Under federal law and New York state law, merely rejecting a supervisor’s sexual advances without reporting the conduct to HR probably isn’t protected activity. However, that’s not the case under the New York City Human Rights Law (NYCHRL).
Recent case: When Daniela started working at a New York City gym, she received a copy of the handbook. It included a sexual harassment policy and instructions on how to report harassment. There was also a policy stating that it was a dischargeable offense to use a personal cellphone at the front desk (where Daniela worked) or on the gym floor.
Daniela soon found herself attracting the unwanted attention of the gym manager. On her day off, he called her in for a staff meeting. After the meeting, he asked her to stay in his office, exposed himself and asked her to masturbate him. She did, and afterward he told her not to tell anyone or else she would be replaced. After another meeting, he demanded oral sex and reminded her again he could replace her. She protested but again complied.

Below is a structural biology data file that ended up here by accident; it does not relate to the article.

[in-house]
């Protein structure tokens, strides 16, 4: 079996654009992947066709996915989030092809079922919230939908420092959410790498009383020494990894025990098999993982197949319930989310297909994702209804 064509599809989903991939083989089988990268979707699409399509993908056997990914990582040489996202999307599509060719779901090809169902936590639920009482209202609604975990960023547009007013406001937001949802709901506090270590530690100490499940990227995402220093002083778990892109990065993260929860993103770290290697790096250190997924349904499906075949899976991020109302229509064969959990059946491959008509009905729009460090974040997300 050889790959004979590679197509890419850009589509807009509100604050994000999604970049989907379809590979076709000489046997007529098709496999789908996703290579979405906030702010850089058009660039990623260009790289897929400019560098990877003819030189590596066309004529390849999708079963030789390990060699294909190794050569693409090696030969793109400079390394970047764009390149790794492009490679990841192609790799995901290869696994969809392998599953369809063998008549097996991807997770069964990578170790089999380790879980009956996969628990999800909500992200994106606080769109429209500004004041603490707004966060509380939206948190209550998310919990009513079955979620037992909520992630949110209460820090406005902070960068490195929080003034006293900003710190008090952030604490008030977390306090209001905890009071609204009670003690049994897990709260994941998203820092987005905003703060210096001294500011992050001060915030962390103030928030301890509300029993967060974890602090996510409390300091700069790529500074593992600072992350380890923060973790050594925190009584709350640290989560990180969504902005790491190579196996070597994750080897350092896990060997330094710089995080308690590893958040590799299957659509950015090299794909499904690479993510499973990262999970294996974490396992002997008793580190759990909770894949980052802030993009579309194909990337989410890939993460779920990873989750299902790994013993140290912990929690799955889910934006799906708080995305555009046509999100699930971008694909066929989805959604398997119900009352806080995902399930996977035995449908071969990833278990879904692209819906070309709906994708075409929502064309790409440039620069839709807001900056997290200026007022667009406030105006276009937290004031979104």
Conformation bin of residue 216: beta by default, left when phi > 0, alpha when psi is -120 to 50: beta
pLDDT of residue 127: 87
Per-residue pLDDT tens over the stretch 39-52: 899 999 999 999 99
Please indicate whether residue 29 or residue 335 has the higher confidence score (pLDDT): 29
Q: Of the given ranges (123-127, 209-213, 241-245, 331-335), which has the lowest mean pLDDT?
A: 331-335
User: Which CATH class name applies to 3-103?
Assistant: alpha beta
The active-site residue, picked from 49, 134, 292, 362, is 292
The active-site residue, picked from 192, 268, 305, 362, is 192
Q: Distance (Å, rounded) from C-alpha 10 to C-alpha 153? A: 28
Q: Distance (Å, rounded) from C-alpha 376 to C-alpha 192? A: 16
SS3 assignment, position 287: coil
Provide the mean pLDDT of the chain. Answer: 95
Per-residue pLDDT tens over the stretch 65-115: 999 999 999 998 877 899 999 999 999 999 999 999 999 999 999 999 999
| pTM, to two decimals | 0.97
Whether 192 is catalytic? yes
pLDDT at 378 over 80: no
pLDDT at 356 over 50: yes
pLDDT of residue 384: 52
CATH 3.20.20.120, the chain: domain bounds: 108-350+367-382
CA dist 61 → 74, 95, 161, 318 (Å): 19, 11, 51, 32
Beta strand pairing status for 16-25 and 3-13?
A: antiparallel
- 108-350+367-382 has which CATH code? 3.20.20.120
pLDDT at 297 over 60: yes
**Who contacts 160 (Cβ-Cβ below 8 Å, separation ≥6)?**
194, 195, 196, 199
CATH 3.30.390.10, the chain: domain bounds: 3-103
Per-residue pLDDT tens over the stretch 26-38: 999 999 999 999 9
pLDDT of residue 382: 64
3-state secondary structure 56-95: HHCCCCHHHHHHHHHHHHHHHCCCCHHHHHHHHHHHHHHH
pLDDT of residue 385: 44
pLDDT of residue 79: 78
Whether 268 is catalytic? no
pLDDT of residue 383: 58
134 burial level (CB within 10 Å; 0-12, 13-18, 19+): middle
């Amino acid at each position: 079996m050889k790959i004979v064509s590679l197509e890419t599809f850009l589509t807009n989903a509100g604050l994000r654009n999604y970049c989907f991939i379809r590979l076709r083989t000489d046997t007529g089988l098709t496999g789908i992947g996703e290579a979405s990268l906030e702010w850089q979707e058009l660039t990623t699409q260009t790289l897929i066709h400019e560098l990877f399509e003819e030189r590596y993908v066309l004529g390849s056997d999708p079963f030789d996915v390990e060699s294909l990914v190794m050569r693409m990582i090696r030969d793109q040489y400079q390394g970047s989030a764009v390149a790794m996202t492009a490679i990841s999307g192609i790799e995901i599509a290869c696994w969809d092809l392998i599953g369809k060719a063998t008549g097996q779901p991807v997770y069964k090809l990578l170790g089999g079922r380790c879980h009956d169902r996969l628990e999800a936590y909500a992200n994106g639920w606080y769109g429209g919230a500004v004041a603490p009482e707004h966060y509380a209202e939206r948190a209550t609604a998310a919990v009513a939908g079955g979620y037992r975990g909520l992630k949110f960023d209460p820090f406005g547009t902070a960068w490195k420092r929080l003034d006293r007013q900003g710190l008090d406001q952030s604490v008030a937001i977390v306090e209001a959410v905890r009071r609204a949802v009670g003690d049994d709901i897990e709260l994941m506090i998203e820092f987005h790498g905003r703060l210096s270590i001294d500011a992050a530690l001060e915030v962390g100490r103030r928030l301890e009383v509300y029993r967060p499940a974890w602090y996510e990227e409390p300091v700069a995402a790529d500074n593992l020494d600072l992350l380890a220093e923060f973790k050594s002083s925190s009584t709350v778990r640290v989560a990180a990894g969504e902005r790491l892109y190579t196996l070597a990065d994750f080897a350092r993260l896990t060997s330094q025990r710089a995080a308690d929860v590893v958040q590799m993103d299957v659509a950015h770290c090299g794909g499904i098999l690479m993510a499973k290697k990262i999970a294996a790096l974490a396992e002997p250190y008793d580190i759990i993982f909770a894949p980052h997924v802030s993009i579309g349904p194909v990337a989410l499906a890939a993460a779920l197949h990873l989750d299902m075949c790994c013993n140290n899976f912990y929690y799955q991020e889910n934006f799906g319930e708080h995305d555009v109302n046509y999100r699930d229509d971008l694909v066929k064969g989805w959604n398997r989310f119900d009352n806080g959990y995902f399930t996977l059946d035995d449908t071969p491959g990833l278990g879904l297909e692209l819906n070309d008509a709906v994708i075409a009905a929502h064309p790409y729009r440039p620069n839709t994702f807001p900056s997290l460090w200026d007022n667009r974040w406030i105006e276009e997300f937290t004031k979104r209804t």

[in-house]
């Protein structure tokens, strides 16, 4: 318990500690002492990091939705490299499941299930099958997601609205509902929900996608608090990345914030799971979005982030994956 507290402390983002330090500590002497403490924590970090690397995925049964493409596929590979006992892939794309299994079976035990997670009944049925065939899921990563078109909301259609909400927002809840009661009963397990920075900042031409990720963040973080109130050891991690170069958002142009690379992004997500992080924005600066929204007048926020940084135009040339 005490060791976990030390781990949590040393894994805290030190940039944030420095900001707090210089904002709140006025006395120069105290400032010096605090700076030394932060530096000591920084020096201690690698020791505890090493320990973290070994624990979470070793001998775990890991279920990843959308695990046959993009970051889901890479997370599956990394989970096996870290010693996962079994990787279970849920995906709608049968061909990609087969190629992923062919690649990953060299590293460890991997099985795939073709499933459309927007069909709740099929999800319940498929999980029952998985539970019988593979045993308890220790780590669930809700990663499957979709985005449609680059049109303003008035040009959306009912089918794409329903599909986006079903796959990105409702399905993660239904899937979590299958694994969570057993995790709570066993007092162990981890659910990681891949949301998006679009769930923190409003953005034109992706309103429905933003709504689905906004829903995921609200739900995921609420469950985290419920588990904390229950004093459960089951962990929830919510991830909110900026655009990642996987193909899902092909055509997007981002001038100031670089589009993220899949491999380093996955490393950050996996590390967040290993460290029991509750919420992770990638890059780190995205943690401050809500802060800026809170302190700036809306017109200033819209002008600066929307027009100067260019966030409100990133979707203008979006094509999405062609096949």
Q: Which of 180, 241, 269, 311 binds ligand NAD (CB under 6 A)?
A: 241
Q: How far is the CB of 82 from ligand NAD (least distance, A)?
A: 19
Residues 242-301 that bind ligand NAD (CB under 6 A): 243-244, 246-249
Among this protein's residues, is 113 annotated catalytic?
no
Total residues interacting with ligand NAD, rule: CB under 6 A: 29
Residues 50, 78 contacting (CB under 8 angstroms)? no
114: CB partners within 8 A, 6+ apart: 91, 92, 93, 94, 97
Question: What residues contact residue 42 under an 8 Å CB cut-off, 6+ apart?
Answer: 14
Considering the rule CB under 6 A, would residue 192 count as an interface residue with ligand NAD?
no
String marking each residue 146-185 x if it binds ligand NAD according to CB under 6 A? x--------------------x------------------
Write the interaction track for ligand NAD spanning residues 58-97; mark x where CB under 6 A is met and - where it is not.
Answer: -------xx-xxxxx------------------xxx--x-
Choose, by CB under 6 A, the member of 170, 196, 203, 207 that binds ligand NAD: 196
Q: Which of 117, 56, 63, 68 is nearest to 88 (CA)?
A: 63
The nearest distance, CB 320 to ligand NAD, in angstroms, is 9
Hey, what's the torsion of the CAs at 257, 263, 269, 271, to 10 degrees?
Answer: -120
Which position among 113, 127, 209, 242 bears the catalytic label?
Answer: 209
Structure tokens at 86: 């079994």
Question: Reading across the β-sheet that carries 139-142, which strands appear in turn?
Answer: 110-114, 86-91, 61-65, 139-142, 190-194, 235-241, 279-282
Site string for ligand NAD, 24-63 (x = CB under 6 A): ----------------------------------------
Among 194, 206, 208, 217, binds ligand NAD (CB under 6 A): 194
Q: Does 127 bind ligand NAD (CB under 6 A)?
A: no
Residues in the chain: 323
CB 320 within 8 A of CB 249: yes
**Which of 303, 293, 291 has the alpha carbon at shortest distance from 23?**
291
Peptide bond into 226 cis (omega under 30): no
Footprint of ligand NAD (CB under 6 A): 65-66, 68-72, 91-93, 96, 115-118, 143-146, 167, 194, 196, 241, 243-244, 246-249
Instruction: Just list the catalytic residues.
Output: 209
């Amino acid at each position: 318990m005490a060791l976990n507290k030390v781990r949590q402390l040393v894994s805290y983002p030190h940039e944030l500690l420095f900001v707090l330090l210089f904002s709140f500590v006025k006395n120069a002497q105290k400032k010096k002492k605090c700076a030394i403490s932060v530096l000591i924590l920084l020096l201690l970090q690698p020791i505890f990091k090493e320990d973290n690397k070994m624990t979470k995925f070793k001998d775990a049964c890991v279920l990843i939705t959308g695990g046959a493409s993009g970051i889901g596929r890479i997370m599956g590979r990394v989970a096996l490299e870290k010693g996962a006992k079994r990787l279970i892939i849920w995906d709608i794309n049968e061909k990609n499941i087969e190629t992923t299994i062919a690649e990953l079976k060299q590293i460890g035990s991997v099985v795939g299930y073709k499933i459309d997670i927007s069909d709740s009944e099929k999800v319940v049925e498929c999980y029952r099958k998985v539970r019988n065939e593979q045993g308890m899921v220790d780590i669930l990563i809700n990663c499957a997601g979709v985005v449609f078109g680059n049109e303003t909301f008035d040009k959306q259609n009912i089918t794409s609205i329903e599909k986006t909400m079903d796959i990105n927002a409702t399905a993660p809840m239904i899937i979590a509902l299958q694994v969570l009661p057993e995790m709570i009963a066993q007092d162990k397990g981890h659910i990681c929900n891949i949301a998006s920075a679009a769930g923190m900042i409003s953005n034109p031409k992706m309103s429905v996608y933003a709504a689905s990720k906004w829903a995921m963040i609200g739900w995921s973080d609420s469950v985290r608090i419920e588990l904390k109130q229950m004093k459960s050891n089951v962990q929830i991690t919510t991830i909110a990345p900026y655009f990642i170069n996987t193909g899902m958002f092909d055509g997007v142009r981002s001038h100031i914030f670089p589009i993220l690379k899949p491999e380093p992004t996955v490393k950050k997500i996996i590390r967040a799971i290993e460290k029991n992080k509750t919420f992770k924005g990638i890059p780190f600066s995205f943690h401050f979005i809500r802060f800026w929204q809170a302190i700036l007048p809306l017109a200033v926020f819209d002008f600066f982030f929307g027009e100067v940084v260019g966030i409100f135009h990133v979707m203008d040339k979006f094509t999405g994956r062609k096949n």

The next incident occurred under similar circumstances, but this time, he pulled down her pants and had intercourse with her.
When he next approached her, she pushed him away. Shortly after, he accused her of using her cellphone at work. She finally went to HR, which promptly investigated and fired the manager.
Daniela sued, but her Title VII and state retaliation claims were dismissed because she hadn’t engaged in protected activity before the manager tried to discipline her.
However, the court said her NYCHRL retaliation claim could proceed.
It reasoned that by pushing him away during the final last encounter, she was protesting illegal activity (sexual harassment) and therefore the phone write-up could be seen as retaliation. (Hernandez v. PFIP, No. 14-CIV-4069, SD NY, 2015)